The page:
Unless appropriately revoked or rescinded, all elections in effect on December 1, 1999, are automatically extended through June 30, 2003. HCRA 2000 did not amend the election application provisions of the law. It did however, amend the revocation provisions of PHL Section 2807-j(5)(a)(ii) to authorize quarterly revocations. Commencing January 1, 2000, a payor may revoke its direct payment election application effective January 1, April 1, July 1, or October 1, provided a completed Attachment #7 (DOH-4100, Request to Rescind Election Status) is received by the Pool Administrator postmarked no later than thirty days prior to the quarterly revocation effective date.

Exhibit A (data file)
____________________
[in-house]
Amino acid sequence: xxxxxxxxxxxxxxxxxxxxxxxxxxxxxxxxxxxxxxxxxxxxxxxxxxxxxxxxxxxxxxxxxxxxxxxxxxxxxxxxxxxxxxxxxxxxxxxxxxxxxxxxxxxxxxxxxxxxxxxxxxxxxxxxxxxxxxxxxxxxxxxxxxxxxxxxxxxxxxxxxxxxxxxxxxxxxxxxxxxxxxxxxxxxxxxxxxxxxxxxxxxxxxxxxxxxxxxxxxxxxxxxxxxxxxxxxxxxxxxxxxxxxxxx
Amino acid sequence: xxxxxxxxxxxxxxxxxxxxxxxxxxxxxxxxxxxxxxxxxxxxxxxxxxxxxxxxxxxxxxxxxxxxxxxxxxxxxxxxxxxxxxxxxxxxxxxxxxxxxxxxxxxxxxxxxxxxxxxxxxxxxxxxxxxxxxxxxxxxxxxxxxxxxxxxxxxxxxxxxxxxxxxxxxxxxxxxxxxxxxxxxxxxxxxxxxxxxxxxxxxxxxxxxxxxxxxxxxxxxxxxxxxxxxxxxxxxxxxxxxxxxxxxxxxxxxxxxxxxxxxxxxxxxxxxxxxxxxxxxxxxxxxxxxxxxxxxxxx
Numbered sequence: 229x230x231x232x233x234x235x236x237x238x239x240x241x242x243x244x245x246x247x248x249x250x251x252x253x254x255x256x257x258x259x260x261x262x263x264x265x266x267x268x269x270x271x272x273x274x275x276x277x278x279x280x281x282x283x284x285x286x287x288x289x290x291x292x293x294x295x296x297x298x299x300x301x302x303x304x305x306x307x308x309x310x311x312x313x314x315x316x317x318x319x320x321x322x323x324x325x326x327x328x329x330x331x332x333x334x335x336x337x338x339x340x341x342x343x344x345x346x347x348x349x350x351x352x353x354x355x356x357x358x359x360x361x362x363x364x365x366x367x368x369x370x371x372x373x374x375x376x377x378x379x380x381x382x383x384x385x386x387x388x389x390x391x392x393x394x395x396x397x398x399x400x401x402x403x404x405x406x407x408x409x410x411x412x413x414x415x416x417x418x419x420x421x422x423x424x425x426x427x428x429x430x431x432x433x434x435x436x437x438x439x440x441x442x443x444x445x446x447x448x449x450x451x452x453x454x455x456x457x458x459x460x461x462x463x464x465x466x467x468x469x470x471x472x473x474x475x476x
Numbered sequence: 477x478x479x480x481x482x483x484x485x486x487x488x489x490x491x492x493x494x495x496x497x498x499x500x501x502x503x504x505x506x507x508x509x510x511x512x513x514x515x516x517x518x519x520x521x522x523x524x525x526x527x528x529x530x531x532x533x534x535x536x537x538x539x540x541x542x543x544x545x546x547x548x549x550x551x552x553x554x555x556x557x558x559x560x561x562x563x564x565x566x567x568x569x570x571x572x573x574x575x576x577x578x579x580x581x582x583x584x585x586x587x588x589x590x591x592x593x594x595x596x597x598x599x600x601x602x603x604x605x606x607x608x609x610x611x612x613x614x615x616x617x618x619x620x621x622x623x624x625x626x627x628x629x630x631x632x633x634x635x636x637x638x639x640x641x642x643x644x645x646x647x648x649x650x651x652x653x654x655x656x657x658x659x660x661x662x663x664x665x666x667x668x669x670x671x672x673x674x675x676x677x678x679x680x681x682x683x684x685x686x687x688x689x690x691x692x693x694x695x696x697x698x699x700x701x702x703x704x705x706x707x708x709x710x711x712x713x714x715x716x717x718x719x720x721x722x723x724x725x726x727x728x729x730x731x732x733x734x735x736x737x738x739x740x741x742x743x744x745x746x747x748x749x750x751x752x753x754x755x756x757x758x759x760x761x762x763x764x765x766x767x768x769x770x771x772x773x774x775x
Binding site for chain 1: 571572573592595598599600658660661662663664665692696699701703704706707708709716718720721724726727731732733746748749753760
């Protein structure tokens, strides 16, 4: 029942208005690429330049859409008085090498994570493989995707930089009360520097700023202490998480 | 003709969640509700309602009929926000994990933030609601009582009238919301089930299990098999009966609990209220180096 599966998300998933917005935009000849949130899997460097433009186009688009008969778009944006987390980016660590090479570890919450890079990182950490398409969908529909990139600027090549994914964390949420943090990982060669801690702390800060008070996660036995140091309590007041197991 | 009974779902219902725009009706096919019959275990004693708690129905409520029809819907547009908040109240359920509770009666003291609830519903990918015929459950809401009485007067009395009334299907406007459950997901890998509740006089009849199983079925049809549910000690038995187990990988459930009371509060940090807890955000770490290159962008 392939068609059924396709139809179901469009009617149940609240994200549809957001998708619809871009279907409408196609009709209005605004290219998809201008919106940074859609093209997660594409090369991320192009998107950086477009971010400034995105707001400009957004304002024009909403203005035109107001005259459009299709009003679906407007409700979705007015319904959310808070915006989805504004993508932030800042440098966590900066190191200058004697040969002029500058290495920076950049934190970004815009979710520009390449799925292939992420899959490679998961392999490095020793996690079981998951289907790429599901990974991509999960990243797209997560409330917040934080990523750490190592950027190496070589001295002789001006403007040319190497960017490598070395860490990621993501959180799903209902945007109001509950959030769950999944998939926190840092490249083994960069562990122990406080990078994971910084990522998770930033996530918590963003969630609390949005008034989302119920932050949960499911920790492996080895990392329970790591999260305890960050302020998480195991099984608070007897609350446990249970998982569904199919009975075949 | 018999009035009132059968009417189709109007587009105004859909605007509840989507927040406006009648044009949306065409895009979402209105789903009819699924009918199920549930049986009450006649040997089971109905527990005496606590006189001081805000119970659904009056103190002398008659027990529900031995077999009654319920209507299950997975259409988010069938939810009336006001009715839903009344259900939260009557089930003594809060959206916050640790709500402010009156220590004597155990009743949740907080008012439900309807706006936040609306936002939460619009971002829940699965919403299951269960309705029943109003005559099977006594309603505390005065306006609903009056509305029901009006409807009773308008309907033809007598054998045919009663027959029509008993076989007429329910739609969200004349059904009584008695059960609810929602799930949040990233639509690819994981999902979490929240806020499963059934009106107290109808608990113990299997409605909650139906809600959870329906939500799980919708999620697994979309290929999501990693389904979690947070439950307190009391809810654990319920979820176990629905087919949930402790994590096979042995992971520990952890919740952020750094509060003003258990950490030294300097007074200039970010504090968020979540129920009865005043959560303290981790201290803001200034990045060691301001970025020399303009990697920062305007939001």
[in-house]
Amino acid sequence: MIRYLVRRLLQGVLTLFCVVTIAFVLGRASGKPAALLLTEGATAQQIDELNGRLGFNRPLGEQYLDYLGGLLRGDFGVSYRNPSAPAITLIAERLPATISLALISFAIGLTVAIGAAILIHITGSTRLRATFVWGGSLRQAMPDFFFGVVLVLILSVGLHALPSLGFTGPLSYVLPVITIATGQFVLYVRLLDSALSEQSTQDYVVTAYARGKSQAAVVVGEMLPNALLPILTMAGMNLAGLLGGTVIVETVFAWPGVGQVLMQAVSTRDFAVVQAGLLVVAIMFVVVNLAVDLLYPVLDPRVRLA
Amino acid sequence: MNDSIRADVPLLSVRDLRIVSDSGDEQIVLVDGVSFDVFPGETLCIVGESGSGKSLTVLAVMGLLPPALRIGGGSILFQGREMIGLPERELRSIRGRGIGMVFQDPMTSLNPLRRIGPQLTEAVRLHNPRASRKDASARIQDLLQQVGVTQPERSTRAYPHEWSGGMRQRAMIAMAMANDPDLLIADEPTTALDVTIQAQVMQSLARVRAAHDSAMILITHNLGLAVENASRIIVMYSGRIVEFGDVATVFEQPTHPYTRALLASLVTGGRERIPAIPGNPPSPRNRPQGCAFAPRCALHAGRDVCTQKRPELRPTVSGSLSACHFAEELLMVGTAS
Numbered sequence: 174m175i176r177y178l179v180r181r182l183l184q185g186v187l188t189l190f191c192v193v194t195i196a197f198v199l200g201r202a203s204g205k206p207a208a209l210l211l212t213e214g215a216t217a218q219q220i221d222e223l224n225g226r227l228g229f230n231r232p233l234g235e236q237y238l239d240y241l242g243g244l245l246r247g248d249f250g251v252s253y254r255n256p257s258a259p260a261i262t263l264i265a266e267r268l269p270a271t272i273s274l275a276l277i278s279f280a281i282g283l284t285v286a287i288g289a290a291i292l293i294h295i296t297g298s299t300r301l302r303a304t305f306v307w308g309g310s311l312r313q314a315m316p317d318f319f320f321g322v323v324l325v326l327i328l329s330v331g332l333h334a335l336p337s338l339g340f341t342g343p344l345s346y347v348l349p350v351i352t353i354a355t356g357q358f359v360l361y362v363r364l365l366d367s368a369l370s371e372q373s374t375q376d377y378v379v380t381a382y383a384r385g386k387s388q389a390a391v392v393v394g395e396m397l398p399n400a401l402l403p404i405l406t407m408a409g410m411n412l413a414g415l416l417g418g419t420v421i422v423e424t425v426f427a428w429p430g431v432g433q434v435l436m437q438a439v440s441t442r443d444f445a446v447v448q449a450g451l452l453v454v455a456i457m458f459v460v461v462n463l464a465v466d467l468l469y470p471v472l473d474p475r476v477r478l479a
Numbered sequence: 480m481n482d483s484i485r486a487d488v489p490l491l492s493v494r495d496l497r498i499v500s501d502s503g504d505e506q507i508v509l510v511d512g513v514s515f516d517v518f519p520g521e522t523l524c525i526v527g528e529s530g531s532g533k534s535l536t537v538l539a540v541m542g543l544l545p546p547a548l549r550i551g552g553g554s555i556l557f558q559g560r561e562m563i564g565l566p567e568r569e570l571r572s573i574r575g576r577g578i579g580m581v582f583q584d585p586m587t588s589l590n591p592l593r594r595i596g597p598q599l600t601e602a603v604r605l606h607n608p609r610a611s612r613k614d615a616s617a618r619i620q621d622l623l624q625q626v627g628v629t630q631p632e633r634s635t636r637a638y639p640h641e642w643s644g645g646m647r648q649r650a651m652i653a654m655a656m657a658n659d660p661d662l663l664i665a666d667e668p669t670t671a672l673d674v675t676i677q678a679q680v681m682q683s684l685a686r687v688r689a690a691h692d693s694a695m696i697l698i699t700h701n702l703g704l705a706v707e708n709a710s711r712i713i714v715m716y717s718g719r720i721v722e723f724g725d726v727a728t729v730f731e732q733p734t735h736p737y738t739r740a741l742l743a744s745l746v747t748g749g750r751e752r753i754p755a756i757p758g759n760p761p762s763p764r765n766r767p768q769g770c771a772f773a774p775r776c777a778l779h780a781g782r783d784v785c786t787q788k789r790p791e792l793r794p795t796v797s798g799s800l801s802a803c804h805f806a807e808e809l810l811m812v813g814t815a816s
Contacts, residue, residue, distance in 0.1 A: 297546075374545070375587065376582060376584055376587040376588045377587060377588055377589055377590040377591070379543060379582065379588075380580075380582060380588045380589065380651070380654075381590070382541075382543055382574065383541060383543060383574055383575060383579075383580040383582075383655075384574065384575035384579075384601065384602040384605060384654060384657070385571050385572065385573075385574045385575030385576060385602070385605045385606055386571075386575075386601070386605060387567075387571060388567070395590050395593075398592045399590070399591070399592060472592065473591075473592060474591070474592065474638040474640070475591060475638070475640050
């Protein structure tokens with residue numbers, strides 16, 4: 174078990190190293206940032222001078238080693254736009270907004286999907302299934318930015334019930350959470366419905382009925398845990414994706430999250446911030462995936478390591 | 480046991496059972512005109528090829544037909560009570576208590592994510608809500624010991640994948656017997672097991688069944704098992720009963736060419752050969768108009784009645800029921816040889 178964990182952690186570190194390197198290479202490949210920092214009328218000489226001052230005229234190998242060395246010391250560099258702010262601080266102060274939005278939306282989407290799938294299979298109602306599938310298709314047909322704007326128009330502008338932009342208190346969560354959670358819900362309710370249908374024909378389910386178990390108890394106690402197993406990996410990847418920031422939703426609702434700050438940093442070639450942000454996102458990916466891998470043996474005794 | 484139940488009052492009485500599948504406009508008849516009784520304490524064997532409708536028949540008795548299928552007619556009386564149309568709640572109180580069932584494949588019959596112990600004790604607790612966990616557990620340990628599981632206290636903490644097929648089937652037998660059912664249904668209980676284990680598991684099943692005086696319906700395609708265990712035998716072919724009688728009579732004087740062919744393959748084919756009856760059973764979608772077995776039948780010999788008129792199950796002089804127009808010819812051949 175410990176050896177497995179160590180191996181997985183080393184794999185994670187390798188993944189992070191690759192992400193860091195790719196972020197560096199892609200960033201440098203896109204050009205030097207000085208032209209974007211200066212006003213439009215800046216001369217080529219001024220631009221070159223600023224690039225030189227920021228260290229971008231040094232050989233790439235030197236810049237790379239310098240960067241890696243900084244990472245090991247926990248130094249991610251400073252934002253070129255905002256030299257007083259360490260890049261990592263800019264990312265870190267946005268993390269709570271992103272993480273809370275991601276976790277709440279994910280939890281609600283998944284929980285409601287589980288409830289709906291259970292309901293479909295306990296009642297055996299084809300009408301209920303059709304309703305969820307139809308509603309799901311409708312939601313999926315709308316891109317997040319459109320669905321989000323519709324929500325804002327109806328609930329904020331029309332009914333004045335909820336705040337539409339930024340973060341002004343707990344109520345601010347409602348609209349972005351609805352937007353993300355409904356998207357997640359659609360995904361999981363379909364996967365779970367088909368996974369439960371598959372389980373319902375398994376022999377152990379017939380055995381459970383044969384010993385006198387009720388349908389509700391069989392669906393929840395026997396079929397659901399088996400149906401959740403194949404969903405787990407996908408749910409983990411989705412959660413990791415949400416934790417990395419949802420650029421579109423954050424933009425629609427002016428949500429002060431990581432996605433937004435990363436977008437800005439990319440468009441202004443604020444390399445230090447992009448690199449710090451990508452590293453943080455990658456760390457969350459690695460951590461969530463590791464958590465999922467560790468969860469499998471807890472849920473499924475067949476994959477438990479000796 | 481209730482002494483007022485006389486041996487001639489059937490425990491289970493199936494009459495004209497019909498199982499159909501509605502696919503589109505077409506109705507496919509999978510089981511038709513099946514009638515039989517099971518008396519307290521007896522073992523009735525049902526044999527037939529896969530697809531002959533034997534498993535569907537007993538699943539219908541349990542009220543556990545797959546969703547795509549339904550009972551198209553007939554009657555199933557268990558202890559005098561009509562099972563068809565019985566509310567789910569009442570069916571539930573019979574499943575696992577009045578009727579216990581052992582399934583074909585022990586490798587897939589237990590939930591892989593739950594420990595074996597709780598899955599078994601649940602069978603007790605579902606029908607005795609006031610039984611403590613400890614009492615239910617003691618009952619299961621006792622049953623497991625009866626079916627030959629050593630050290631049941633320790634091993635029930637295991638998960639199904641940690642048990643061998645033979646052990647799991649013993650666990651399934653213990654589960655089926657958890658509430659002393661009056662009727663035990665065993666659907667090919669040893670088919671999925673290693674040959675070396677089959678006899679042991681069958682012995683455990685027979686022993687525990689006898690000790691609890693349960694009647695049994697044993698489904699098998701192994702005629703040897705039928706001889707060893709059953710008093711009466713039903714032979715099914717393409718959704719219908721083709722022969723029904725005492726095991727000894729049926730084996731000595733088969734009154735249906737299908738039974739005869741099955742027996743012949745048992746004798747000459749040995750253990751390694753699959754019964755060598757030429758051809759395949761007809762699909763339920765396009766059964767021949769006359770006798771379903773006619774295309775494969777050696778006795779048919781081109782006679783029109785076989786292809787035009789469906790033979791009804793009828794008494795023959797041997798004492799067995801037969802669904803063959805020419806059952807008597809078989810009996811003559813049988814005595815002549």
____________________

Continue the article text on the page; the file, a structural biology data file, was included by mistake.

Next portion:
The law provides an allocation to fund HCRA Pool Payment Compliance Audits. All electing payors and affected providers are subject to such audits at the Department´ discretion.
The commencement of audits are expected to begin sometime during 2000.
- Reporting by Third Party Administrators (TPAs)
HCRA 2000 officially eliminates the requirement that electing TPAs provide the Department with a list of their clients to which the election does not apply.